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How to Stop Doomscrolling

Experts Explain Why You Keep Doomscrolling — and How to Quit

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It's important to follow the news and be informed about what's happening in the country and the world, especially amid the COVID-19 pandemic and an election that will determine the futures of millions of Americans. But psychologists say there is such a thing as consuming too much news — and the anxiety-inducing habit even has a name now: "doomscrolling."

What Is Doomscrolling?

"Doomscrolling refers to the rabbit holes we often find ourselves in on the internet, reading, searching, and 'investigating' the toils and troubles of the day," Jason S. Moser, PhD, a professor of clinical psychology at Michigan State University, told POPSUGAR. Dr. Moser noted that the most common doomscrolling topics are currently COVID-19, social injustice, and politics. He explained that doomscrolling isn't exactly a new concept because people generally focus on bad news — but thanks to our smart devices, we can consume headlines and discussions on social media about these issues every second of the day.

As is the case with anything we do in excess, Dr. Moser said that we generally reach a point where we're not learning anything new and the time spent doomscrolling can begin to creep into other aspects of our lives. For example, Erika McElroy, PhD, a licenced psychologist at Aurora Mental Health Centre in Aurora, CO, told POPSUGAR that if the amount of time you spend scrolling interferes with completing work tasks, caring for family, and socialising with friends, it's a red flag that you need to change the behaviour.

"Doomscrolling is an interesting phenomenon because it's a 'reassurance seeking' behaviour," Dr. Moser explained. "That is, we're presumably looking for things to put our minds at ease — definitive information that helps us end the uncertainty or keep us in 'the know' or maybe even something good to offset the bad." Unfortunately, there's often not a definitive answer, so we can find ourselves in a cycle of looking for solutions and not finding anything, which causes or exacerbates anxiety.

Dr. Moser noted that sometimes we do find a bit of relief, which only reinforces the behaviour. "That is, the momentary relief we find in some of these answers makes us more likely to scroll again," he said. "The problem is, scrolling only has short-term benefits. Most likely it will result in longer-term anxiety and uncertainty because we never find the answer or relief that lasts that long."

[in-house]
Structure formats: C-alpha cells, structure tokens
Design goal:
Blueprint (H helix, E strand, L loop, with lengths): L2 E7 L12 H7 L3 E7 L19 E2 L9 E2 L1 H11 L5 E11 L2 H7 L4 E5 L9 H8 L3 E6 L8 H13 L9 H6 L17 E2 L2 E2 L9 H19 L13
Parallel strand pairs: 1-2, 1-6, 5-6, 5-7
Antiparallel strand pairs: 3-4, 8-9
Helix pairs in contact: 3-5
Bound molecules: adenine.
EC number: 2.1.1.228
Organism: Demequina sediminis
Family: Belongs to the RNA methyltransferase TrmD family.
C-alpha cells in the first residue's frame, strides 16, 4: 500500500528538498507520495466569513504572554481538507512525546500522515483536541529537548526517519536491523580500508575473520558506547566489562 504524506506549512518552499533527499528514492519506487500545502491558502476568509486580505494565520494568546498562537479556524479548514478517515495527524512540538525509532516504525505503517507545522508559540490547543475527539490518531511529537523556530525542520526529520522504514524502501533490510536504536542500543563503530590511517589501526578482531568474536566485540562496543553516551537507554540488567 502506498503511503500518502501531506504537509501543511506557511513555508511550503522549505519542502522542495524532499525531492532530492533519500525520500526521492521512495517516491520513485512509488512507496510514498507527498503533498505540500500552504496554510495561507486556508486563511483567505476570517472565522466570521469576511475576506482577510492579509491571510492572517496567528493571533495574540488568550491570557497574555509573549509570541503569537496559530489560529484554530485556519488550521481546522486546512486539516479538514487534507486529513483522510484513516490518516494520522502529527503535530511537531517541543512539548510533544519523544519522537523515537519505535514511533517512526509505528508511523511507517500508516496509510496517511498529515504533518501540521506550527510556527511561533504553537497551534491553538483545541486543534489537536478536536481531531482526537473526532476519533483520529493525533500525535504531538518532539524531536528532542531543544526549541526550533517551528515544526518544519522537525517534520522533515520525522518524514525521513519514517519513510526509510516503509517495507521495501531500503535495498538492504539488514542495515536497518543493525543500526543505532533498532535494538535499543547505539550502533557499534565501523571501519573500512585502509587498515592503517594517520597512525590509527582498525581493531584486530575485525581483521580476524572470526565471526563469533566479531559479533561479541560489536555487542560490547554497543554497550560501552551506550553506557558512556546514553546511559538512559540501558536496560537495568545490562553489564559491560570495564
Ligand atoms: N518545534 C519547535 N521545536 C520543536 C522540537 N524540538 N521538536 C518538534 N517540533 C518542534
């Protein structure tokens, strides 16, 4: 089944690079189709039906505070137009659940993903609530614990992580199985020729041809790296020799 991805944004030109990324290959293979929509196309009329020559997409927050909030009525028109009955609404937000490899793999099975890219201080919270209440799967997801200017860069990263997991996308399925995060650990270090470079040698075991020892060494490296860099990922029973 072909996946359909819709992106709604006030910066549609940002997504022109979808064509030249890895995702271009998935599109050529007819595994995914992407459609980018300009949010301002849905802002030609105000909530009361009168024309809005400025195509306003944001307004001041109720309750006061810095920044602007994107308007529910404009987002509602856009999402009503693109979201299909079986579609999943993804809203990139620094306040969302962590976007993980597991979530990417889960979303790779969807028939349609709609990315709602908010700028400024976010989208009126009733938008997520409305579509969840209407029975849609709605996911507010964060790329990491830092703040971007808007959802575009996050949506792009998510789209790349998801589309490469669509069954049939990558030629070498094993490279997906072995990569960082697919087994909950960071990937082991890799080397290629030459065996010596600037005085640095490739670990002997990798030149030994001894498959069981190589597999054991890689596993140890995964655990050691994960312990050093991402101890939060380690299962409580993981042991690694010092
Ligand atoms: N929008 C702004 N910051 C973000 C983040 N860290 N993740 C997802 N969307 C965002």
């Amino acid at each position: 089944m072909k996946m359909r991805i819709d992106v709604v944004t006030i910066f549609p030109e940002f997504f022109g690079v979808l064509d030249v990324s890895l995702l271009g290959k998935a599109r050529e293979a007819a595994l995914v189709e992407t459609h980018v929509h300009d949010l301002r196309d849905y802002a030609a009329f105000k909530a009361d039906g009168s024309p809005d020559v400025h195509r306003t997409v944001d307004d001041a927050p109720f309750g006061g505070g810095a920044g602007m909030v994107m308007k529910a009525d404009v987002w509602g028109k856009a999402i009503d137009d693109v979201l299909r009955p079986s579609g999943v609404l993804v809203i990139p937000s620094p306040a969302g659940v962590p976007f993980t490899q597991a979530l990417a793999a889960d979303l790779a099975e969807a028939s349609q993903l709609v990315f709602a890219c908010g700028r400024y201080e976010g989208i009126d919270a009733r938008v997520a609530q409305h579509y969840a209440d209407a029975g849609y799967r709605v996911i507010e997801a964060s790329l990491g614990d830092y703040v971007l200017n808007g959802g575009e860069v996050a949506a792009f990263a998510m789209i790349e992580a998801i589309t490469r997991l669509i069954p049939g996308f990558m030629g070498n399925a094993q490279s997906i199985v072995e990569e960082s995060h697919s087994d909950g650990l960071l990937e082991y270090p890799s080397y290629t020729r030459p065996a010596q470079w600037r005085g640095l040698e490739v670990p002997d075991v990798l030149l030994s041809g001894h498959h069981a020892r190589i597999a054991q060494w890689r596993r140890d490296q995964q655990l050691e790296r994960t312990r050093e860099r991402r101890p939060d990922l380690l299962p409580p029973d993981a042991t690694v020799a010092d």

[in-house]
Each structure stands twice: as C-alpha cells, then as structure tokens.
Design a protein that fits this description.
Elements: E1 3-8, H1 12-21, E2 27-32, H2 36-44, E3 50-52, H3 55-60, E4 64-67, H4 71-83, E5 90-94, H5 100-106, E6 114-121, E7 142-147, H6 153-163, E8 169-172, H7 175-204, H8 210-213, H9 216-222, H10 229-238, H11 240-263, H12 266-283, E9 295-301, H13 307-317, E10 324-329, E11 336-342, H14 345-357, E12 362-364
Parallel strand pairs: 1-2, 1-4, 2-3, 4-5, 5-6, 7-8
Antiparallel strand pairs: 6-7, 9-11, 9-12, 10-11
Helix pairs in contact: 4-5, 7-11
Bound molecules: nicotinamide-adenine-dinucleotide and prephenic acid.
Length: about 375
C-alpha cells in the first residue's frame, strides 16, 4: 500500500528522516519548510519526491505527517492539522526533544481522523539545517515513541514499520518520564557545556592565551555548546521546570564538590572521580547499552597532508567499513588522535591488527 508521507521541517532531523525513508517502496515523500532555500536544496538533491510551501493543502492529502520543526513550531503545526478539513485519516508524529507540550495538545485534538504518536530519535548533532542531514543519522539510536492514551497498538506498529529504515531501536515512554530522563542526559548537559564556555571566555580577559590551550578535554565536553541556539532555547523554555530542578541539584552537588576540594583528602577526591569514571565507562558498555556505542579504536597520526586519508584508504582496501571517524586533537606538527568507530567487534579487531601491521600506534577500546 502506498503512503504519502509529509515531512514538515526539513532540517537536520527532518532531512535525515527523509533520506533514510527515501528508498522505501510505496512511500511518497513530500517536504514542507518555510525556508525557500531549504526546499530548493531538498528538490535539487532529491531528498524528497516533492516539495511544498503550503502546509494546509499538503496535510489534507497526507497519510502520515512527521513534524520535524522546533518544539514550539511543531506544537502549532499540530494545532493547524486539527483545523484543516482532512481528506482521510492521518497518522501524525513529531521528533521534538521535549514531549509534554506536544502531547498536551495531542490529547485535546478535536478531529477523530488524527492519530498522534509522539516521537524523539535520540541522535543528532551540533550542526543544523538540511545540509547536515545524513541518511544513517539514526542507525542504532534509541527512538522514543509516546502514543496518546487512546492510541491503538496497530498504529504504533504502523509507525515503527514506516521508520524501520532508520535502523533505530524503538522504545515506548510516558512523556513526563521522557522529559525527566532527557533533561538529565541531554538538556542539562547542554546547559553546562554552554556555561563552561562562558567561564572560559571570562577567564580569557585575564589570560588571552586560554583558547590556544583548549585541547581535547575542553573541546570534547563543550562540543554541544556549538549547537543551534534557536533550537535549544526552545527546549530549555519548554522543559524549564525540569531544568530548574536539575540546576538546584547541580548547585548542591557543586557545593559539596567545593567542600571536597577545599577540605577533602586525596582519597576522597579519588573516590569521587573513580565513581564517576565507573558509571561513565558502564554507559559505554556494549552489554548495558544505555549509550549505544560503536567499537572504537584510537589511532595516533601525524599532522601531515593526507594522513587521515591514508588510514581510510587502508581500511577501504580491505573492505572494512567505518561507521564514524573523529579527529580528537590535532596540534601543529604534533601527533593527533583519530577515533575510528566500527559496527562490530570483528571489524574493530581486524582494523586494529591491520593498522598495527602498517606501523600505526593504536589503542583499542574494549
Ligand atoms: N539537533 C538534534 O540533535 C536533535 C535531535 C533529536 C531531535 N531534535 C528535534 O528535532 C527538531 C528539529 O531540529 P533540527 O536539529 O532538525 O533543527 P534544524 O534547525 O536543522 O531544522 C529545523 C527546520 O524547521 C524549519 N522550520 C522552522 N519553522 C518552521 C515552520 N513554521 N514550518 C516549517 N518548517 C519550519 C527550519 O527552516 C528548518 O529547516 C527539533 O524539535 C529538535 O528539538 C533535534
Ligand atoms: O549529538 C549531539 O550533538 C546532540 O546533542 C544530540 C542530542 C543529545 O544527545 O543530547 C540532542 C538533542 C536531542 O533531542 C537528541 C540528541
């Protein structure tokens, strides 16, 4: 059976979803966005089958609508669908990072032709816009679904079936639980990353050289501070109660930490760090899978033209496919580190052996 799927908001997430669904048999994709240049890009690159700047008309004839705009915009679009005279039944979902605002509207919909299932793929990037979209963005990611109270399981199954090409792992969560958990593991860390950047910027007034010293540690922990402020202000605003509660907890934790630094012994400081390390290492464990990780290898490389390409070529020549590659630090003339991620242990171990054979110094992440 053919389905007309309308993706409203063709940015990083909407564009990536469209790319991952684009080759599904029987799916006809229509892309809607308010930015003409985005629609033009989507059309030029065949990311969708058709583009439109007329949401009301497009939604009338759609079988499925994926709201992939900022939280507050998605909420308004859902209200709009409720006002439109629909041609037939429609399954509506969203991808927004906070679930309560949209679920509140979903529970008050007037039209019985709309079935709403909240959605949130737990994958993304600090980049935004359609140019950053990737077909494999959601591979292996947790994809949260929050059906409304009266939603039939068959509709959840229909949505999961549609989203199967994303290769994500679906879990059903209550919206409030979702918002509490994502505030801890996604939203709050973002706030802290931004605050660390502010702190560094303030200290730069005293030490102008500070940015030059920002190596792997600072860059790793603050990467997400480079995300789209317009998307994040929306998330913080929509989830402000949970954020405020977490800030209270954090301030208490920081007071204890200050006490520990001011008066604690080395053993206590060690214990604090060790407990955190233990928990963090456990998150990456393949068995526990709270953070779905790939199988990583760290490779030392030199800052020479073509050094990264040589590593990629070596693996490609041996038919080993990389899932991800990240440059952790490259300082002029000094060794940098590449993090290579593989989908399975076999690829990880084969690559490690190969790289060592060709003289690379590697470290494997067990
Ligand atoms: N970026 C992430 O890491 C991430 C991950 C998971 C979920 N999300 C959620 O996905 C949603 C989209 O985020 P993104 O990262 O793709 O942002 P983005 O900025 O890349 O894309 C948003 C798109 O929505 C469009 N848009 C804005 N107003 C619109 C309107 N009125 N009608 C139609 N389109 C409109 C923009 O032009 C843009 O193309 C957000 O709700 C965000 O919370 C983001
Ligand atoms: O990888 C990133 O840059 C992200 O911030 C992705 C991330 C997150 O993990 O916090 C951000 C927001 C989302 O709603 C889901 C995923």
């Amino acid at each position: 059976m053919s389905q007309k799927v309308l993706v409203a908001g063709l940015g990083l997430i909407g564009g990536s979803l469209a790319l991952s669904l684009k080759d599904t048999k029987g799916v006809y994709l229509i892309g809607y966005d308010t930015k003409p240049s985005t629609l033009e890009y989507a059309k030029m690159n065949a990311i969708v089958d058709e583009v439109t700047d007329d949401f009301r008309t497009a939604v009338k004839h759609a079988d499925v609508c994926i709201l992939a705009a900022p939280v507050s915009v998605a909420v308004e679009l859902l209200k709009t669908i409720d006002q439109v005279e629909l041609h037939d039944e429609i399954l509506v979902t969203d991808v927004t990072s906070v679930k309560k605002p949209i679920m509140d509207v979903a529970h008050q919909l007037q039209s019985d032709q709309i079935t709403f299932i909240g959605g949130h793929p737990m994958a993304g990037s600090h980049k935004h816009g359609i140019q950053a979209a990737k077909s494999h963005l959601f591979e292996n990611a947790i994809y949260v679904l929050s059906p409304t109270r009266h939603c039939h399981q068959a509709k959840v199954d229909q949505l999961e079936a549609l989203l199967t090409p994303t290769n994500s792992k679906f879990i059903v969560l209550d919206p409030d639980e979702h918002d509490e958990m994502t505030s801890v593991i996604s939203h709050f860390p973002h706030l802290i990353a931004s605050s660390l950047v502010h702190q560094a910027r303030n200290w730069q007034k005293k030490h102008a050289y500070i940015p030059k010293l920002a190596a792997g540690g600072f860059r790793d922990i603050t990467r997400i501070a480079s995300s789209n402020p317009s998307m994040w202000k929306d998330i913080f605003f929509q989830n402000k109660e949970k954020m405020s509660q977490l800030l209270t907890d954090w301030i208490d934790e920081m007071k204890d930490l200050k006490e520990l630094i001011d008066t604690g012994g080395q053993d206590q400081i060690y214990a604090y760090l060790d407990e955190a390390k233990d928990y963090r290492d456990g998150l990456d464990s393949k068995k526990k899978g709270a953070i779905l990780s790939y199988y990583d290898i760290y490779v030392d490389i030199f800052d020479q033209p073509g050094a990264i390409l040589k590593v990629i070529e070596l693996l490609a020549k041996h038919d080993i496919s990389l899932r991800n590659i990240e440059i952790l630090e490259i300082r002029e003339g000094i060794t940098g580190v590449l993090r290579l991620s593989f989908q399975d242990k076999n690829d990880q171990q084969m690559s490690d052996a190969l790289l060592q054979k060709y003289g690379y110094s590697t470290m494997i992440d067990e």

How to Stop Doomscrolling

Dr. McElroy told POPSUGAR that doomscrolling is a bad habit like overeating or not sleeping enough — and bad habits can be changed through awareness and making conscious choices. To break the habit, she recommends following these steps.

  • First, figure out exactly how much time you spend doomscrolling. "[You] can start a simple tracking system that includes how often [you] read news and how much time [you] spend reading each time," said Dr. McElroy, noting that most people aren't aware of just how much time they spend scrolling each day. This simple task can be eye-opening. For a quick estimate, look at the screen time report on your phone.
  • Next, set a limit for how much time you want to spend scrolling through the news or social media each day. Dr. McElroy said that this will vary depending on your habits. For example, some people read news a few times a day for short periods of time, while others scroll once a day for longer periods. "The important thing to consider is how you feel after reading and if you find yourself replaying what you read in your mind," Dr. McElroy explained. "If you feel anxious and upset, that's a cue that you probably need to reduce the amount of time reading news or possibly read the news less frequently."
  • Don't doomscroll before bed, as that's a time when your mind and body should be focussed on getting rest. Dr. McElroy explained that doomscrolling "sends a continuous message to the brain that situations in life are unsafe," which can put your brain in "fight or flight" mode and cause physical symptoms of anxiety. Needless to say, putting your body into fight or flight mode right before bed can cause sleep disruptions.
  • Balance the negative with a positive. "It can be helpful to plan a pleasant activity like a walk or talking with a friend after spending time reading negative news," Dr. McElroy said. "This can help balance the negative information with a positive experience."
  • Take breaks from your phone and laptop. We've become accustomed to being connected to our devices at all times, but Dr. McElroy explained that "the simple task of removing them from our environment can help remind a person to stop and think before engageing in doomscrolling behaviour."
  • After you've taken steps to change your doomscrolling habits, do a weekly check-in with yourself. Assess how well you're sticking to your new routine. For example, Dr. McElroy recommends asking yourself simple questions such as, "Am I spending more or less time scrolling than I would prefer?" and "How do I feel after making these changes?"
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